Making a Difference - May 16, 2012
Bishop attends President's movie night
WASHINGTON, D.C. - President Obama invited Bishop John Schol as one of about 20 guests to movie night April 5 to screen "To Kill a Mockingbird," in the White House's First Family theater to mark the 50th anniversary of the film.
Not only was it a good movie to see, the bishop said, but the evening included a buffet dinner and time to get acquainted with the other guests.
Among the other guests were the grandchildren of the late Gregory Peck, who won an Oscar for his role as a civil rights-minded lawyer, and Mary Badham, who played the child Scout.
President Obama mentioned that author, Harper Lee, sent a statement, and called the movie "the best translation of a book to film ever made."
The book and movie dealt powerfully with the themes of race, mental illness, poverty, single parenting and rural and town relationships, said Bishop Schol. "It was a Maundy Thursday evening with a sacramental movie and a communion with Christ's calling for righteous and just living."
Cleaning God's ‘vessels' energizes secretaries
FULTON – About 70 church secretaries and administrators filled the assembly room at the Conference Mission Center March 28. They came for a day of renewal and expert advice on "Vessel Cleaning: The Center of One's Self," not a session on reorganizing the church files and cleaning one's desk, but on taking care of oneself through the stresses of job, family and loss.
"Can you imagine a God who created one of me, totally unique. With that comes responsibility. That's where vessel cleaning comes in, so God can use me," said Barbara Jaquette, a psychiatric social worker.
Each person chose a clay pot or vase from a large collection, then shared with the whole group why she chose that particular one. "This pot is handmade, reminds me of how blessed I am," said a woman from Severna Park UMC. "This pot of many colors," said the Rev. Connie Smith, "reminds me that we're all many colors." Ella Holland from Epworth Chapel said, "I thought of the hands that made it, and said I could finish my projects."
Foundation honors Latina leader
GAITHERSBURG - When Epworth UMC's Integration of Church and Community Taskforce decided to form a non-profit foundation in order to support and fund its Hispanic outreach ministries, they had little trouble deciding on a name for the foundation. It is now the Ana A. Brito Foundation, Inc.
"We only had to know that the work we are doing is possible because of the vision, moral fortitude and leadership of a very special woman of faith, Ana A. Brito," said the Rev. Jennifer Fenner.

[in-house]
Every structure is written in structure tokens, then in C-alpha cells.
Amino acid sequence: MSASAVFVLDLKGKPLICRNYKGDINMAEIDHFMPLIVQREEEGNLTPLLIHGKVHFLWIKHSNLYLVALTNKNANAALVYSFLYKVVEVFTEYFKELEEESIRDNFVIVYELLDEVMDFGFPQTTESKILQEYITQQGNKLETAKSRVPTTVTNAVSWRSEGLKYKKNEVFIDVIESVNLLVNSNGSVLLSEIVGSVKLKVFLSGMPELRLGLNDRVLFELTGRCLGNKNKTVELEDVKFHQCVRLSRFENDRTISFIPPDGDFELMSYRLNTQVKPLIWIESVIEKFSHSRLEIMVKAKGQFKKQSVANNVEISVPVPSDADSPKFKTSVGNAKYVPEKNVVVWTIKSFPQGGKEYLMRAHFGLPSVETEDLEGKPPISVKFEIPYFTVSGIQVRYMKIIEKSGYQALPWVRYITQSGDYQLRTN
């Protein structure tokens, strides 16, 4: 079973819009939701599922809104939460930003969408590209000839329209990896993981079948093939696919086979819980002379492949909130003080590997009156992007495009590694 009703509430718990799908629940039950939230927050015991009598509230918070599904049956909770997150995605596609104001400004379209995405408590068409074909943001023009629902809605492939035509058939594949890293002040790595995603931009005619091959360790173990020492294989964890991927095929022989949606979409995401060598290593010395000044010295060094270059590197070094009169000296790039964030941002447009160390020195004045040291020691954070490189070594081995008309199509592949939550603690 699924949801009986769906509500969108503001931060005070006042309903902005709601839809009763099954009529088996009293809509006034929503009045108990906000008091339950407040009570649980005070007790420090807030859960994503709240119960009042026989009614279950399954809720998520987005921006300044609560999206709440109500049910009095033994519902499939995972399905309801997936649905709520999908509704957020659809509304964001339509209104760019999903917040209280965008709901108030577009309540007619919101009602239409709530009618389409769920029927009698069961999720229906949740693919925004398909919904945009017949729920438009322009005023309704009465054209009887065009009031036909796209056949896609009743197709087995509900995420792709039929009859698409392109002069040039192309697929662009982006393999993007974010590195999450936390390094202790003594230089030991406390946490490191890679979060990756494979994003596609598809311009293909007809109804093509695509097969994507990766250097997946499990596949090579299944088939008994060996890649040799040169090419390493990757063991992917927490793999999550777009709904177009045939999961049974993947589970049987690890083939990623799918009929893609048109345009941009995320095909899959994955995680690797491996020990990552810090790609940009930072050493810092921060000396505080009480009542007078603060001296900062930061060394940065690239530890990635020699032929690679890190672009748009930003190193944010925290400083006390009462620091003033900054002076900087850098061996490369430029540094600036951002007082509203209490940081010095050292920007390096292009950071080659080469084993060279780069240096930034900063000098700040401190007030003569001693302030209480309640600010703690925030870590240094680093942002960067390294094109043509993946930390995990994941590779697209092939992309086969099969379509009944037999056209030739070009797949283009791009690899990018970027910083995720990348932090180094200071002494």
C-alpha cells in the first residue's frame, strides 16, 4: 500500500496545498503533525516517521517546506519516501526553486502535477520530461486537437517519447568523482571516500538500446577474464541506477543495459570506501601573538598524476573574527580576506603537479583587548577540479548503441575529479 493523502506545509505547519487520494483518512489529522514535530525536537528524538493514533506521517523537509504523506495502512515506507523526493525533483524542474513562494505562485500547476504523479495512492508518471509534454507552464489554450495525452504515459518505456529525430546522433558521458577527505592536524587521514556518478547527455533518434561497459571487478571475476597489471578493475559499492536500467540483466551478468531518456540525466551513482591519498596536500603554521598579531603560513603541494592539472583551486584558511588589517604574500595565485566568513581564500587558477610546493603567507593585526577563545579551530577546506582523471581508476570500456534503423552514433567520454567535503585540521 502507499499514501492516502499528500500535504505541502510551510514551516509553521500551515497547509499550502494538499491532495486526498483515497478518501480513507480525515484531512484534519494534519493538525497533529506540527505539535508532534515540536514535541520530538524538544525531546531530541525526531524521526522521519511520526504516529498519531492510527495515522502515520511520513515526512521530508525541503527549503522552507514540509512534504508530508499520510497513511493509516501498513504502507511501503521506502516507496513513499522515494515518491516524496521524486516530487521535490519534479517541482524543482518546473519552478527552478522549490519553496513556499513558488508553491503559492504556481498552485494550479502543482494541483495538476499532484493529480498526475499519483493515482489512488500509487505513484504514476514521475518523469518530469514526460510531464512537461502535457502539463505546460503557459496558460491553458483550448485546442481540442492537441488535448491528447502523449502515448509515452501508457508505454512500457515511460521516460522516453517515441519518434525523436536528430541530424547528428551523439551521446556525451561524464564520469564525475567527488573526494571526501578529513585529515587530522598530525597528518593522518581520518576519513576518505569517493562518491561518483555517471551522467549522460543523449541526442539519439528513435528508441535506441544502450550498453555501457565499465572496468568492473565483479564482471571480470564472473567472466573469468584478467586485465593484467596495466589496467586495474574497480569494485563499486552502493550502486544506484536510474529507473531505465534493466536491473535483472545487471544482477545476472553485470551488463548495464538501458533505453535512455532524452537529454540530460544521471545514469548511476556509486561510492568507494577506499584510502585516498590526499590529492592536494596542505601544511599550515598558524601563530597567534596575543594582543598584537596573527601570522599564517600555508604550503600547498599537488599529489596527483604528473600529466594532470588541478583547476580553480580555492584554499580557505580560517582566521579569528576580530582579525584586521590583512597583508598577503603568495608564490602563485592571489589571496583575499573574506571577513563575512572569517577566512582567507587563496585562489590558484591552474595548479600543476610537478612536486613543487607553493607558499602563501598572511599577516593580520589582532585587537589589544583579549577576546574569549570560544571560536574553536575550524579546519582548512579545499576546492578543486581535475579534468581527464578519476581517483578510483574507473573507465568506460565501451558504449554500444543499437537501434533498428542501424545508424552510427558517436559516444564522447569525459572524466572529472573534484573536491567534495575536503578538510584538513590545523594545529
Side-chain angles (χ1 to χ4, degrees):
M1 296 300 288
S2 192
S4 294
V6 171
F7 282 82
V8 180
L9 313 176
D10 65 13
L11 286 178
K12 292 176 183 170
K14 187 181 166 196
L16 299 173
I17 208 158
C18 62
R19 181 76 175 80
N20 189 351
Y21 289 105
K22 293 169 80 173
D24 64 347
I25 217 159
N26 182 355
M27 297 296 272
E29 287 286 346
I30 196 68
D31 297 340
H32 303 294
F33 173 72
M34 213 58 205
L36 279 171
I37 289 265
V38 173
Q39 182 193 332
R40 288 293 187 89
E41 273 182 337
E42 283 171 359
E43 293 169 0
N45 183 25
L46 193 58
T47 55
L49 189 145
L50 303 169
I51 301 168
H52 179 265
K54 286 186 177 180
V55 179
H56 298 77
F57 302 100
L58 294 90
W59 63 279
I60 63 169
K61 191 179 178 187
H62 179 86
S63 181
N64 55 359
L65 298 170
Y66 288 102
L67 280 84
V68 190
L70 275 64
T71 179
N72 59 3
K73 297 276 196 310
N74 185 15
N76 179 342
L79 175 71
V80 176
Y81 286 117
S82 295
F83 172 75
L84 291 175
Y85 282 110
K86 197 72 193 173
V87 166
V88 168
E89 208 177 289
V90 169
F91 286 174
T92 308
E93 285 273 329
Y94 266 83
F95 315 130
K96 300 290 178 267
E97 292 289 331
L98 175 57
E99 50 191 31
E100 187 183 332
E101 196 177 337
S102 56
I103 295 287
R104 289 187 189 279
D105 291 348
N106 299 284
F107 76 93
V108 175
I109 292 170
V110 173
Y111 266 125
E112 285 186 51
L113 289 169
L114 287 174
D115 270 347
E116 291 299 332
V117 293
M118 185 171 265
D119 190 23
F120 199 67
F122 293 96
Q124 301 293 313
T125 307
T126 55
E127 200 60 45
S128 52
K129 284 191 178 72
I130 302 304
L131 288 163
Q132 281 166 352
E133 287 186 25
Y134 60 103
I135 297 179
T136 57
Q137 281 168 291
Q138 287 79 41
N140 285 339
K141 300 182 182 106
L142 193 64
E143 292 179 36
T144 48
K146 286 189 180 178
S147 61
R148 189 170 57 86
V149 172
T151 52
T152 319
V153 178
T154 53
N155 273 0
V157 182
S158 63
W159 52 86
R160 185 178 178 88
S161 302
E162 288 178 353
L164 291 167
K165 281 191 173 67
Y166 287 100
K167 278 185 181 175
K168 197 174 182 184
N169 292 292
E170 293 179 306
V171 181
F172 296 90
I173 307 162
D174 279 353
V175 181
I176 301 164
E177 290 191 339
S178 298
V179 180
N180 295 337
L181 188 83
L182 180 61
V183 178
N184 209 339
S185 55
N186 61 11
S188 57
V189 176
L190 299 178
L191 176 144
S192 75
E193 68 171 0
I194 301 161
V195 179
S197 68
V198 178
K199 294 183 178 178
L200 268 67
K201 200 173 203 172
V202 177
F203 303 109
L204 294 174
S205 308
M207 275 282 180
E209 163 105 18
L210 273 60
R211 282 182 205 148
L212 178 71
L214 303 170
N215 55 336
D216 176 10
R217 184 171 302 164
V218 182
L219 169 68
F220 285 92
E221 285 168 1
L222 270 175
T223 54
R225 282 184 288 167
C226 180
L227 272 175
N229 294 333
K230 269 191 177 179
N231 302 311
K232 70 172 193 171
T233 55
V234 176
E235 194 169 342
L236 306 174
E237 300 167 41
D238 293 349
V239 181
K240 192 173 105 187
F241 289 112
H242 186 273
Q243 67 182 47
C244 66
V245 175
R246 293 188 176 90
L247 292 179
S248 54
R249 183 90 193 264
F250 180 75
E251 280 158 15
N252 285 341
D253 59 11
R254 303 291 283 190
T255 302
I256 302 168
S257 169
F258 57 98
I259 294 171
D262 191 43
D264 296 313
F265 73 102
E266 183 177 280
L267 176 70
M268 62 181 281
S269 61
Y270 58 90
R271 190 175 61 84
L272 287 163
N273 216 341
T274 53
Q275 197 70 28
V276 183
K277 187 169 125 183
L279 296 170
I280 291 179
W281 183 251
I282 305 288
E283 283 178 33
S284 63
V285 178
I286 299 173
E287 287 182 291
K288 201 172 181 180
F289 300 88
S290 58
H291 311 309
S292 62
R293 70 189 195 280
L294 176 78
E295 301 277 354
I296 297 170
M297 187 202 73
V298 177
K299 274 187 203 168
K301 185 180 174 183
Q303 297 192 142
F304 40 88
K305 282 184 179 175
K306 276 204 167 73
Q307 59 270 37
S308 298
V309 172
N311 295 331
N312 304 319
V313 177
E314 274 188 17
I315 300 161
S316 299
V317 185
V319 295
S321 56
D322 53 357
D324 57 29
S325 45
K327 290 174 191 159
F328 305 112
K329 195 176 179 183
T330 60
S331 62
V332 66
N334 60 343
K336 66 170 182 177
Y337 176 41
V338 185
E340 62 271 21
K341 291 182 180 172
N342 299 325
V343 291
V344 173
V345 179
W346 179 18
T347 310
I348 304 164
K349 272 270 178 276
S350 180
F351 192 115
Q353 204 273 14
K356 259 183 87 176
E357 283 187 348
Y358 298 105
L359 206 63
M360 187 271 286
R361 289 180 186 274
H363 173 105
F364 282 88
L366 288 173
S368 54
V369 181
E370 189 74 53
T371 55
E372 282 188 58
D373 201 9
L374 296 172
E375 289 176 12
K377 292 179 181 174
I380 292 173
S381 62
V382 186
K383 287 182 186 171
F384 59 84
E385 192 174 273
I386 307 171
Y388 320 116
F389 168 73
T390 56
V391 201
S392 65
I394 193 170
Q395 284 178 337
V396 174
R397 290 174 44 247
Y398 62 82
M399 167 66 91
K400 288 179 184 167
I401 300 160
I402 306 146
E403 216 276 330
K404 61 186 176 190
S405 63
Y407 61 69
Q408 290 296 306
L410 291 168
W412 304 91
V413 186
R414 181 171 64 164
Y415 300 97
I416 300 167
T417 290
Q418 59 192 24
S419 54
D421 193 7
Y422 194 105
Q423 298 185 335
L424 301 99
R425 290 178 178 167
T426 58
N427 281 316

Brito is an immigrant from Cuba who founded a ministry called Ayuda Especial (Special Help), which for 25 years has served hundreds of Latino immigrants and their families.
Through the ministry, immigrants have learned English, overcome barriers of a new culture, gone to college, found new jobs and learned the message of love and justice God provides.
The Ana A. Brito Foundation, Inc. was dedicated March 11.
Retirees help restore oyster population
SOLOMONS ISLAND – Residents of the Asbury-Solomons Island United Methodist retirement community are helping to save the Chesapeake Bay's oysters. Partnering with the Southern Maryland Oyster Cultivation Society (SMOCS), they raise the baby oysters, called spat, from the tiniest shellfish to a mature three inches.
The spat is placed in cages and attached to the Asbury-Solomons pier on the Patuxent River. The volunteer residents take turns cleaning algae off the cages and monitoring the oysters as they develop. The mature oysters are moved onto a man-made reef built into the breakwater 50 feet offshore sometime in mid-July. Then juvenile spat will be placed in the empty cages to begin the cycle again.
Resident Sue Hu explained that oysters were instrumental in the health of the bay. "We're helping to increase the filtering of some of the water feeding into the bay."
No one cares more for the bay and its health than Hu. "I spent more than 10 summers taking kids out onto the Chesapeake Bay to teach them about its value," she said. "And I learned as much as I taught. Stewardship of the bay and its tributaries needs to become a part of our value system." (To learn more visit the website.)